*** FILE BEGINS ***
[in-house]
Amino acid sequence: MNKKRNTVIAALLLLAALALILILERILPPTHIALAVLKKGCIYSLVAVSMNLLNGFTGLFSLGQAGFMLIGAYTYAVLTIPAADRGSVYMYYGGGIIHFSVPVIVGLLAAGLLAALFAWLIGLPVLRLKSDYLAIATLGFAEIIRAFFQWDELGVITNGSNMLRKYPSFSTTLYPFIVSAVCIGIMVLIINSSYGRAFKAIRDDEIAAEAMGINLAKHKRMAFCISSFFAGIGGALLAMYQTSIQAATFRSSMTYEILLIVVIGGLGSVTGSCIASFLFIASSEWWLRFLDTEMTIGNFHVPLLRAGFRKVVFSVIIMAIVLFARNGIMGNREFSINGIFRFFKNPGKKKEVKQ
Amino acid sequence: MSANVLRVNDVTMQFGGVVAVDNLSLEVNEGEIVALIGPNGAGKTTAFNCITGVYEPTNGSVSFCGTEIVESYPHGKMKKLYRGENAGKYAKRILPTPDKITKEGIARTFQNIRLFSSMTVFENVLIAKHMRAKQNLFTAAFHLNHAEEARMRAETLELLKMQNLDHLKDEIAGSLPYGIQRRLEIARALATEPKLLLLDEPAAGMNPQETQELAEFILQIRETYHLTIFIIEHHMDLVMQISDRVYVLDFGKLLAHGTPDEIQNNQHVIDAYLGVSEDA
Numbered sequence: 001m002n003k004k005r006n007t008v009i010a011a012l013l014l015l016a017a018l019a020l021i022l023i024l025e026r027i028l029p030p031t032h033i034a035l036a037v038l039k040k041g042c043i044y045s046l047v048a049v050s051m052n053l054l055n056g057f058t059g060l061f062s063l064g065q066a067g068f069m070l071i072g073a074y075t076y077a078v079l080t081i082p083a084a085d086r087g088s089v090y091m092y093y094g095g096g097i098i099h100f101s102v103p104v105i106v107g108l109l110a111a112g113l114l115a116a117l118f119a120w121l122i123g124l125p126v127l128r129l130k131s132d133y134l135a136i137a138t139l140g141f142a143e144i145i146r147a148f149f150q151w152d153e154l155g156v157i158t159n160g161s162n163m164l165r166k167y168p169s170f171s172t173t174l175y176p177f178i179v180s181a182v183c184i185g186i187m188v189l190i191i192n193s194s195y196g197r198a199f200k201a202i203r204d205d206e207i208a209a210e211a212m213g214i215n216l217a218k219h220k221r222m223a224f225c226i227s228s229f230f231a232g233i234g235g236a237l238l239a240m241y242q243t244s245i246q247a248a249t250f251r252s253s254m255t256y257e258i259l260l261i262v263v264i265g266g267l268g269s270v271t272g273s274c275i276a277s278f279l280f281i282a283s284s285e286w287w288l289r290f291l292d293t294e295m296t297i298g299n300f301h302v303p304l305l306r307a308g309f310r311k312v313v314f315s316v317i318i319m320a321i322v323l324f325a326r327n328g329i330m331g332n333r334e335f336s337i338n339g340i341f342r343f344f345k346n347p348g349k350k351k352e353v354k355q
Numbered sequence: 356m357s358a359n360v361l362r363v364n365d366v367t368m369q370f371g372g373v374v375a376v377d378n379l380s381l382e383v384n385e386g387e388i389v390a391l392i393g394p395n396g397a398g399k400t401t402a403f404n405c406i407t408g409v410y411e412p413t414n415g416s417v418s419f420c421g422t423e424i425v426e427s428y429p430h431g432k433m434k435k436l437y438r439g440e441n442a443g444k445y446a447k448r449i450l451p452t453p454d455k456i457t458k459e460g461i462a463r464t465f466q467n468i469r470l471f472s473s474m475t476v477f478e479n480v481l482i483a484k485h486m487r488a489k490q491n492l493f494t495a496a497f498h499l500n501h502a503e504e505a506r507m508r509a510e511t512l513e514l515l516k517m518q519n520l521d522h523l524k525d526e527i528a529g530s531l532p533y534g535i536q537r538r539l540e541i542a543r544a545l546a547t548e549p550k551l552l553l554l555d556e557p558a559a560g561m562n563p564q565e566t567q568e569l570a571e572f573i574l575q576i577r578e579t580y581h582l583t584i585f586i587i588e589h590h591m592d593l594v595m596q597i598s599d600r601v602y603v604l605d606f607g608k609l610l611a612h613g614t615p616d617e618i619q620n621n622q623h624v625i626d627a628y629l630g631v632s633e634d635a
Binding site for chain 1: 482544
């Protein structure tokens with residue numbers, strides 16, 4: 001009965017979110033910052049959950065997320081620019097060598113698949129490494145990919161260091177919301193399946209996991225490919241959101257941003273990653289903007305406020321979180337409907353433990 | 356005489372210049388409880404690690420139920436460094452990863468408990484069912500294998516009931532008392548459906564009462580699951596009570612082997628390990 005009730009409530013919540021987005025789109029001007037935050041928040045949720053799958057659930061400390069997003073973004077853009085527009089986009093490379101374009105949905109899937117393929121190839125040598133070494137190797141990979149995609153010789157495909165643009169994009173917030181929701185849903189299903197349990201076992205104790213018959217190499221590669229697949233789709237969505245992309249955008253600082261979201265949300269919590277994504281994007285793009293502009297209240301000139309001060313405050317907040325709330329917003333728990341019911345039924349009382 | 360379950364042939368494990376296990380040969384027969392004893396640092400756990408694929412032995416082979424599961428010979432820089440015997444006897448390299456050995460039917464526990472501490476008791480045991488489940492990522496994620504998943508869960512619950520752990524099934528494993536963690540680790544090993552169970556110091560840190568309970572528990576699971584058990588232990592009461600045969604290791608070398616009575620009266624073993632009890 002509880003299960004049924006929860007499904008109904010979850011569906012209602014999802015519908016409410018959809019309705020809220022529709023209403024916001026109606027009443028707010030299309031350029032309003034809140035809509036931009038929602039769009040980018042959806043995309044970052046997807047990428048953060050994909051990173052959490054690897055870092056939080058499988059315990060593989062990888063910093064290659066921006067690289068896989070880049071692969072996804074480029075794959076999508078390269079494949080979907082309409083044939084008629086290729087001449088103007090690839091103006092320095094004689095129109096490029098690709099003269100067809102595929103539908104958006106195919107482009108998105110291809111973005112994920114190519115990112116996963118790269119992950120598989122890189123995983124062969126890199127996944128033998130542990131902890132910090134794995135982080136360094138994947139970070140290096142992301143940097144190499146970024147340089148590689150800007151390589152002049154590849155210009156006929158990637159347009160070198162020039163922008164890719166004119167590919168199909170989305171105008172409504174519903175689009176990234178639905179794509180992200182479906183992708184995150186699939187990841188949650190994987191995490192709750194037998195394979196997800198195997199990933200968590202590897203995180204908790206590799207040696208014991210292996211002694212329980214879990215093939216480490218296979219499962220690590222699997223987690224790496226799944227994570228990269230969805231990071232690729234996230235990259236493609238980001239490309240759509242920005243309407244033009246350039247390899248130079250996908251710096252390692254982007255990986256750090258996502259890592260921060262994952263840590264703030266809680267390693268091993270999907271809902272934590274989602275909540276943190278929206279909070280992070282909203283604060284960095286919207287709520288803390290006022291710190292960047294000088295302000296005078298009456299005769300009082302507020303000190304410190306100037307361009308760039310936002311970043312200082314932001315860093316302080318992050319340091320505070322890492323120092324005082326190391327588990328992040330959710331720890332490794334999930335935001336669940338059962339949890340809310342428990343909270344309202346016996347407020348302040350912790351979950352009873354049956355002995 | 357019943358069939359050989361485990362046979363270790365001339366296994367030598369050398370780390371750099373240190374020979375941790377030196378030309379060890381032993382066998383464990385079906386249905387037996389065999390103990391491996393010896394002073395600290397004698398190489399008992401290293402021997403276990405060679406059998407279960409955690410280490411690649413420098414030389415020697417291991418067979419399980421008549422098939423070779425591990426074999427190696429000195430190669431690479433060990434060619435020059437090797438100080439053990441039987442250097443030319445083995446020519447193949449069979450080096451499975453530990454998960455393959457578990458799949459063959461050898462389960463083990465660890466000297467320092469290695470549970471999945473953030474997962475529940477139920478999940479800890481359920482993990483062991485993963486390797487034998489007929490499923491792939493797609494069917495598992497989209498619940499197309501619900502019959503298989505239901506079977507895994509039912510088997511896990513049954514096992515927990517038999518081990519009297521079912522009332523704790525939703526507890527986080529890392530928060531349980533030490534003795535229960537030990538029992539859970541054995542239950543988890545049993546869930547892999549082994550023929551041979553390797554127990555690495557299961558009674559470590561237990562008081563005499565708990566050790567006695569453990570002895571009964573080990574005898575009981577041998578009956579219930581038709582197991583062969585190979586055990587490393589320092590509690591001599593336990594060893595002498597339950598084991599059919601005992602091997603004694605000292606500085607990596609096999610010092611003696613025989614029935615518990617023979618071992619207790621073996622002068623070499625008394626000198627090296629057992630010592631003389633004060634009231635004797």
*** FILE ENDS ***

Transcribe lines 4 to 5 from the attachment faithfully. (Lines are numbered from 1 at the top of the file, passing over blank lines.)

Numbered sequence: 001m002n003k004k005r006n007t008v009i010a011a012l013l014l015l016a017a018l019a020l021i022l023i024l025e026r027i028l029p030p031t032h033i034a035l036a037v038l039k040k041g042c043i044y045s046l047v048a049v050s051m052n053l054l055n056g057f058t059g060l061f062s063l064g065q066a067g068f069m070l071i072g073a074y075t076y077a078v079l080t081i082p083a084a085d086r087g088s089v090y091m092y093y094g095g096g097i098i099h100f101s102v103p104v105i106v107g108l109l110a111a112g113l114l115a116a117l118f119a120w121l122i123g124l125p126v127l128r129l130k131s132d133y134l135a136i137a138t139l140g141f142a143e144i145i146r147a148f149f150q151w152d153e154l155g156v157i158t159n160g161s162n163m164l165r166k167y168p169s170f171s172t173t174l175y176p177f178i179v180s181a182v183c184i185g186i187m188v189l190i191i192n193s194s195y196g197r198a199f200k201a202i203r204d205d206e207i208a209a210e211a212m213g214i215n216l217a218k219h220k221r222m223a224f225c226i227s228s229f230f231a232g233i234g235g236a237l238l239a240m241y242q243t244s245i246q247a248a249t250f251r252s253s254m255t256y257e258i259l260l261i262v263v264i265g266g267l268g269s270v271t272g273s274c275i276a277s278f279l280f281i282a283s284s285e286w287w288l289r290f291l292d293t294e295m296t297i298g299n300f301h302v303p304l305l306r307a308g309f310r311k312v313v314f315s316v317i318i319m320a321i322v323l324f325a326r327n328g329i330m331g332n333r334e335f336s337i338n339g340i341f342r343f344f345k346n347p348g349k350k351k352e353v354k355q
Numbered sequence: 356m357s358a359n360v361l362r363v364n365d366v367t368m369q370f371g372g373v374v375a376v377d378n379l380s381l382e383v384n385e386g387e388i389v390a391l392i393g394p395n396g397a398g399k400t401t402a403f404n405c406i407t408g409v410y411e412p413t414n415g416s417v418s419f420c421g422t423e424i425v426e427s428y429p430h431g432k433m434k435k436l437y438r439g440e441n442a443g444k445y446a447k448r449i450l451p452t453p454d455k456i457t458k459e460g461i462a463r464t465f466q467n468i469r470l471f472s473s474m475t476v477f478e479n480v481l482i483a484k485h486m487r488a489k490q491n492l493f494t495a496a497f498h499l500n501h502a503e504e505a506r507m508r509a510e511t512l513e514l515l516k517m518q519n520l521d522h523l524k525d526e527i528a529g530s531l532p533y534g535i536q537r538r539l540e541i542a543r544a545l546a547t548e549p550k551l552l553l554l555d556e557p558a559a560g561m562n563p564q565e566t567q568e569l570a571e572f573i574l575q576i577r578e579t580y581h582l583t584i585f586i587i588e589h590h591m592d593l594v595m596q597i598s599d600r601v602y603v604l605d606f607g608k609l610l611a612h613g614t615p616d617e618i619q620n621n622q623h624v625i626d627a628y629l630g631v632s633e634d635a